• "Karumathur Katukulae" - Mary, Periya Karuppu Thevar, Sukumar, Thiruvudiyan
  • "Kombulae Poov Suthi" - Kamal Hassan
  • "Mada Vilakae" - Kamal Hassan
  • "Magarasiyae Manna Vitu Poniyae" - Theni Kunjaramma
  • "Nethiyelae Pottu Vai" - Karunanidhi, Sukumar, Thiruvudiyan

Telugu tracklist[edit]

  • Andagada Andagada - Swarnalatha
  • Chiti Chepamma -Swarnalatha
  • Intiki Deepam - Swarnalatha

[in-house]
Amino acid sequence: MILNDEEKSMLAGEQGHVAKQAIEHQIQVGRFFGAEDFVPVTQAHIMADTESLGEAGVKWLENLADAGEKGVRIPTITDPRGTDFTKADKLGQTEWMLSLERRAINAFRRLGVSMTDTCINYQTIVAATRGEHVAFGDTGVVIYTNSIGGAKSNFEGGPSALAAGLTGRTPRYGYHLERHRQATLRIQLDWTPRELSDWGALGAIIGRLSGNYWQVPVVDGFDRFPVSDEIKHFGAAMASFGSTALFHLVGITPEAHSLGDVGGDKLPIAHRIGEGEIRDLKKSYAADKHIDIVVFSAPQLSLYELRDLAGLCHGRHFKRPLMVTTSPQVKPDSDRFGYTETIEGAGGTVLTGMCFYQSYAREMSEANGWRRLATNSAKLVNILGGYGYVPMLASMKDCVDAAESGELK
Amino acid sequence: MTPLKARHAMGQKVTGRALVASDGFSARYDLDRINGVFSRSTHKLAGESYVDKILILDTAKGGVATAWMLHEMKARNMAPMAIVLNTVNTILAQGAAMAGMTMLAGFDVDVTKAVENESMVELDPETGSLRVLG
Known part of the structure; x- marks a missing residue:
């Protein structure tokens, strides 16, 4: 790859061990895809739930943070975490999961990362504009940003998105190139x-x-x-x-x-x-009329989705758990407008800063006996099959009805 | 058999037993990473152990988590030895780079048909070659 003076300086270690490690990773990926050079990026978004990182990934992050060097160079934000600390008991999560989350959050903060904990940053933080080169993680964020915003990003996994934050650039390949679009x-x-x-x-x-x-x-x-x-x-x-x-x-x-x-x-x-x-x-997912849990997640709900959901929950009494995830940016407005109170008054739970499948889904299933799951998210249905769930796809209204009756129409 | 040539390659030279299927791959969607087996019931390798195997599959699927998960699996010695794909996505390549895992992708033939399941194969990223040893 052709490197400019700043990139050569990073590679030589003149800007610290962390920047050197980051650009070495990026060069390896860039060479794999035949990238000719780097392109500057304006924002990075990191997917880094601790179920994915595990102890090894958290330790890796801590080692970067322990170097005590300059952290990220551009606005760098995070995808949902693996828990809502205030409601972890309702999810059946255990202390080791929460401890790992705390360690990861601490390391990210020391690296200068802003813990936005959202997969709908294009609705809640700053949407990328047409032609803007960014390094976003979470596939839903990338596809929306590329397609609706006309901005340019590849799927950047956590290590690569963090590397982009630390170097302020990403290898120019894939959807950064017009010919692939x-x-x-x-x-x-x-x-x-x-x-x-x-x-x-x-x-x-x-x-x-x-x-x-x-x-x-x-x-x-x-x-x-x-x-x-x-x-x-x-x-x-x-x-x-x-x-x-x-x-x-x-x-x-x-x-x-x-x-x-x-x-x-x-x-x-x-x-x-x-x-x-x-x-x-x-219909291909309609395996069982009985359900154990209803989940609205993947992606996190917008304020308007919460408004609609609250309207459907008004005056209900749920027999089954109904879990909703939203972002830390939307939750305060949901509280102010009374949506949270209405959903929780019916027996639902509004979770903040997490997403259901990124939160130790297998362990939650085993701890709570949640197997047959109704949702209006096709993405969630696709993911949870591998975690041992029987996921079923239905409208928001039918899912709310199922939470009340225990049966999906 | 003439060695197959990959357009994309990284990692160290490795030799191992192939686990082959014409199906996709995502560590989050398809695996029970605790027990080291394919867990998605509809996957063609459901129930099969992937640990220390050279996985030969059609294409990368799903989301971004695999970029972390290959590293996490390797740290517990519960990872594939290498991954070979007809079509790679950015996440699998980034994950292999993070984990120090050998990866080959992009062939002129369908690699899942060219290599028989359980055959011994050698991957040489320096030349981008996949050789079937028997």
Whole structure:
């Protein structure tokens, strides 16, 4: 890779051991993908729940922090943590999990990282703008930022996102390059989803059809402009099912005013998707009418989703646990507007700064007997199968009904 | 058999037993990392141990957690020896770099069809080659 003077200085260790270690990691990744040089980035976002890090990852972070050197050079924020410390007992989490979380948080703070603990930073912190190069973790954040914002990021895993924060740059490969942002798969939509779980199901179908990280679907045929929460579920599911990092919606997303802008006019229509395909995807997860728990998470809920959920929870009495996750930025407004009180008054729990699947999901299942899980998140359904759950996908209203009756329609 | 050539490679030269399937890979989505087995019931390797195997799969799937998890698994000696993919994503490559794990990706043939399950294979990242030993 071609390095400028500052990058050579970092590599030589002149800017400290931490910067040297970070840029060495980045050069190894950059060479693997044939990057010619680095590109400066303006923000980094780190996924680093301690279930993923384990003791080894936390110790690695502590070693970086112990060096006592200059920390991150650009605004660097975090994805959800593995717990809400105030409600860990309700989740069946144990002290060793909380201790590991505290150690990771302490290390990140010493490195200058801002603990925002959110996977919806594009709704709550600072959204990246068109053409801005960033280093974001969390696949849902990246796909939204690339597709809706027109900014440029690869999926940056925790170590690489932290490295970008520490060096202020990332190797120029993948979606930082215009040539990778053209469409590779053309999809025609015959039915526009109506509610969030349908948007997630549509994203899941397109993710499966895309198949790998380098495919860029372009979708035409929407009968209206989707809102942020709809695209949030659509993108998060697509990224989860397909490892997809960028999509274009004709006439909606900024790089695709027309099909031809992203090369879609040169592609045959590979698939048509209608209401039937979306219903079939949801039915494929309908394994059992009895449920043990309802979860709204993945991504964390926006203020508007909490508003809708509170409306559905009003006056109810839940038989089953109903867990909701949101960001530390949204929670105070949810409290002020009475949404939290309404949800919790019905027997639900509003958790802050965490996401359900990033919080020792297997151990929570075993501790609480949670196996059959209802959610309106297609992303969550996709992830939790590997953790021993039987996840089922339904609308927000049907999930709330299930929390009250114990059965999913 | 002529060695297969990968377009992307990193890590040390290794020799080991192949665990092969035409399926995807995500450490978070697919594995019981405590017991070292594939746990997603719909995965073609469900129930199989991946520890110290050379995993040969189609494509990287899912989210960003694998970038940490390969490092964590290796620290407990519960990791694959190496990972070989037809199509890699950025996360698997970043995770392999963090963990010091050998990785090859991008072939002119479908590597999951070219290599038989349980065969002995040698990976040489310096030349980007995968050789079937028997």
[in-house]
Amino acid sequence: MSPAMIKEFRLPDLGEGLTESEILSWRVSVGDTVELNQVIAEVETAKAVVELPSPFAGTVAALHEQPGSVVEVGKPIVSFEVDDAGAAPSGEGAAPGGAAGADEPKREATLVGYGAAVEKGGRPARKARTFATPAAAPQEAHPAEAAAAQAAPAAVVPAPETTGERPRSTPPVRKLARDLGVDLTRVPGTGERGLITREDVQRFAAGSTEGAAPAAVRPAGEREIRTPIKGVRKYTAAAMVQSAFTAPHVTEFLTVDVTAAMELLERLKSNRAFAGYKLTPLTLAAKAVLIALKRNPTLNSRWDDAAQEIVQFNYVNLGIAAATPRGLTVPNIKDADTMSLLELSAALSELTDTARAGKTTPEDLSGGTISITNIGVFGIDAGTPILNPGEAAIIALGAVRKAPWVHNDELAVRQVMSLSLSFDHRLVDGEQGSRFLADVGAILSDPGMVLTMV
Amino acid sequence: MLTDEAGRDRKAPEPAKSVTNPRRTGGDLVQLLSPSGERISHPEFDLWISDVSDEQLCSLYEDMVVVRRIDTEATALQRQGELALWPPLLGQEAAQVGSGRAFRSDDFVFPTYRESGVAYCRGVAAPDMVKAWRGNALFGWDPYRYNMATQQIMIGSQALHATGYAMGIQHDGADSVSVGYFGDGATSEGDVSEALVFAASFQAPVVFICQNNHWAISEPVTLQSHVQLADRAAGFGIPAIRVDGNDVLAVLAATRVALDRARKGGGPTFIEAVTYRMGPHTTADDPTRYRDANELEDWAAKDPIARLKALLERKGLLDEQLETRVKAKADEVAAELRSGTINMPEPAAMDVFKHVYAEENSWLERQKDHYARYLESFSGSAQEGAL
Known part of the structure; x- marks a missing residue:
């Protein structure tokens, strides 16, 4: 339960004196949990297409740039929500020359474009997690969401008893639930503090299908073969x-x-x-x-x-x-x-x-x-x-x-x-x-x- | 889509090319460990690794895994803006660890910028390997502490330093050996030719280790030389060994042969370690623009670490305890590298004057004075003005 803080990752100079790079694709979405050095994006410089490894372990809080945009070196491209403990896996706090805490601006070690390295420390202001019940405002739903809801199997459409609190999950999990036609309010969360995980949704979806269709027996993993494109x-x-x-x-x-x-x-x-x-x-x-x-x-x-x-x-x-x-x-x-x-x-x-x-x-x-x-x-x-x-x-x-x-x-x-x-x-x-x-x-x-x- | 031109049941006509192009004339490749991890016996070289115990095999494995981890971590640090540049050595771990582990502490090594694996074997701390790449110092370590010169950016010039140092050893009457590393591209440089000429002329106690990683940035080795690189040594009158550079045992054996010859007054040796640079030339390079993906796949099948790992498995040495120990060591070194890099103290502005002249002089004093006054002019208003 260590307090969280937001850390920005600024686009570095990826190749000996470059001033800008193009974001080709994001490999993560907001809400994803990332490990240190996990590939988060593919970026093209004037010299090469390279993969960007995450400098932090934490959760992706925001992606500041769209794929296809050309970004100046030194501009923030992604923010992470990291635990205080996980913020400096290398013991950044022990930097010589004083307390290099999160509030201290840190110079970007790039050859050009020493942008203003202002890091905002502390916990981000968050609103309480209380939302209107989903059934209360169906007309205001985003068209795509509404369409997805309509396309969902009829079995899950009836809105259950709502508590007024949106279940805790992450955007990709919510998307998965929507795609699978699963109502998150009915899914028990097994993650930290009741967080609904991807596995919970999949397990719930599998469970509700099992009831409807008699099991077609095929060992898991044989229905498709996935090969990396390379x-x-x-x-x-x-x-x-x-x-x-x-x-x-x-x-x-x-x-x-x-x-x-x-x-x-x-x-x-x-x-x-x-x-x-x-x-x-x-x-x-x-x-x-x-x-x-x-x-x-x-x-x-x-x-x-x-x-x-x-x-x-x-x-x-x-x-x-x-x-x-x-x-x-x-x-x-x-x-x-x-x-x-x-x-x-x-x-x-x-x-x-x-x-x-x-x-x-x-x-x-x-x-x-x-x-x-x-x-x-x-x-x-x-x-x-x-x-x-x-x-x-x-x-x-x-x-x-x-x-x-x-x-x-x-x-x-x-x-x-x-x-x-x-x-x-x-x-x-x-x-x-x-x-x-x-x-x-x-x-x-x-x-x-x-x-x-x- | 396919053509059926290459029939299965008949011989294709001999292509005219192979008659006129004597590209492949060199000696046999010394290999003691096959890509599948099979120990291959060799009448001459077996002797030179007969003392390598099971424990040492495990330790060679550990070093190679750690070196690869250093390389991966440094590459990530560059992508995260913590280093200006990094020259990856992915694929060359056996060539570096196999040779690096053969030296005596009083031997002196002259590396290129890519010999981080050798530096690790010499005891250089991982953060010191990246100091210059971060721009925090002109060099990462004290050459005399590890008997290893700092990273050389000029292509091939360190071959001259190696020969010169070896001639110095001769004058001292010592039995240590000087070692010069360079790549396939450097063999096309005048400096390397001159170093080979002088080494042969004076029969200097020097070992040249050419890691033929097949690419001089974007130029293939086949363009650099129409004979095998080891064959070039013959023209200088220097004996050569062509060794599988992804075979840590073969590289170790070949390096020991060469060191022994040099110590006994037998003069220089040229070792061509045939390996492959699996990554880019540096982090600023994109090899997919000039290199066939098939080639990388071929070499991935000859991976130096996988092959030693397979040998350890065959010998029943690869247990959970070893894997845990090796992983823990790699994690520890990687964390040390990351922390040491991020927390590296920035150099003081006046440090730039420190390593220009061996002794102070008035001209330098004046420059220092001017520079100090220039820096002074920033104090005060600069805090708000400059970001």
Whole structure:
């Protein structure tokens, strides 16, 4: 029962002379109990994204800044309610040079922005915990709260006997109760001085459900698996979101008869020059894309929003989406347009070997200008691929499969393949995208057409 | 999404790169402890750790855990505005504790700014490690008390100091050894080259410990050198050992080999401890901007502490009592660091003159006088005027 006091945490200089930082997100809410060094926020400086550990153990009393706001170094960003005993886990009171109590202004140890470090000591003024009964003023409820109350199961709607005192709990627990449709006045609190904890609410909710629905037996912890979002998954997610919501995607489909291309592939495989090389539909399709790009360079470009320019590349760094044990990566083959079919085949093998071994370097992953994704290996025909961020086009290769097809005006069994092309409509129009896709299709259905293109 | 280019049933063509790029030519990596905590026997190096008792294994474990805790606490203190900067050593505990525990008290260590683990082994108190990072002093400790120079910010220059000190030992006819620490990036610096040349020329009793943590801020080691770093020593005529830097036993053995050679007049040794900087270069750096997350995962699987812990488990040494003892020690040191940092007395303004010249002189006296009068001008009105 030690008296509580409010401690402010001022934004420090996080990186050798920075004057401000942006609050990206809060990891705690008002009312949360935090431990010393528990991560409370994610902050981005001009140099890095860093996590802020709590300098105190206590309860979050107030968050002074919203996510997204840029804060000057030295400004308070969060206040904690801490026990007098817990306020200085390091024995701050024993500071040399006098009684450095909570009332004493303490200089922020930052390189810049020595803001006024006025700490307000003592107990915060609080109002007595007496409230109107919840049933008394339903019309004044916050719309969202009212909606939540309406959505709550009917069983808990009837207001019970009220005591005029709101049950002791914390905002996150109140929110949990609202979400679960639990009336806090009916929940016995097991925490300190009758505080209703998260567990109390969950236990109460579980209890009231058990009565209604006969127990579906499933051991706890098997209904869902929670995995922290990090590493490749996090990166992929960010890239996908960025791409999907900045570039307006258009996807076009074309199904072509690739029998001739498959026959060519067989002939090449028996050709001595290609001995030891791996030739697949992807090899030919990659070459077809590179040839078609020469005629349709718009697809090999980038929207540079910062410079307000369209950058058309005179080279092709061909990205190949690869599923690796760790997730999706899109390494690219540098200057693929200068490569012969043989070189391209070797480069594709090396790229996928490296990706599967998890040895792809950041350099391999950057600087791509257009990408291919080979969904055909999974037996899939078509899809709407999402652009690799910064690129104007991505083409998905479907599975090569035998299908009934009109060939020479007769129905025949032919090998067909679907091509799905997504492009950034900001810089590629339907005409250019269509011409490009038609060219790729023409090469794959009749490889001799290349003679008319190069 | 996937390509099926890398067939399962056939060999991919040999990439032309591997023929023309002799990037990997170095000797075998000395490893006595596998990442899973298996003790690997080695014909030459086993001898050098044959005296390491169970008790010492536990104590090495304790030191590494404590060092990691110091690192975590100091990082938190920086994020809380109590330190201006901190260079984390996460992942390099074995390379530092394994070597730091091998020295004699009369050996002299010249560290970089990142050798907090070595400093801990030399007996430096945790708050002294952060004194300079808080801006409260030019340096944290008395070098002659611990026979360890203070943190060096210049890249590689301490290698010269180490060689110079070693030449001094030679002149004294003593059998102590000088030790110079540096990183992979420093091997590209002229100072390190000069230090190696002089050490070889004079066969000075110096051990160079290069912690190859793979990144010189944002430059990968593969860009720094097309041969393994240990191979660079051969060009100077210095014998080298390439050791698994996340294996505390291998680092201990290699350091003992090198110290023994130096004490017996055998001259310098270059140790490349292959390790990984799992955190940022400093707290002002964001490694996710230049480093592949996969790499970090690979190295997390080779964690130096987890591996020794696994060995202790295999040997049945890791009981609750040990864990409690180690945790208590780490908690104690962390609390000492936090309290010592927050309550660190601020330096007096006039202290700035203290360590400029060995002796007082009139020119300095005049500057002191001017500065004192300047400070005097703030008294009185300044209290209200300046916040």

• Kommalaku Pulu - SPB
  • Nuvvuthappa Nenu - SPB, Sujatha
  • Pilisthe Palike Deivam - SPB
  • Tharigida Tharigida

Trivia[edit]

  • Extensive sets of rural Tamil Nadu and prison were erected in Chennai.
  • Bulls from Madurai and nearby districts were transported to Chennai for the bull fight sequences.
  • After much controversy, the film titled "Sandiyar" earlier was finally certified, and Kamal Haasan screened it at the National Film Festival in 2004.

See also[edit]

References[edit]

External links[edit]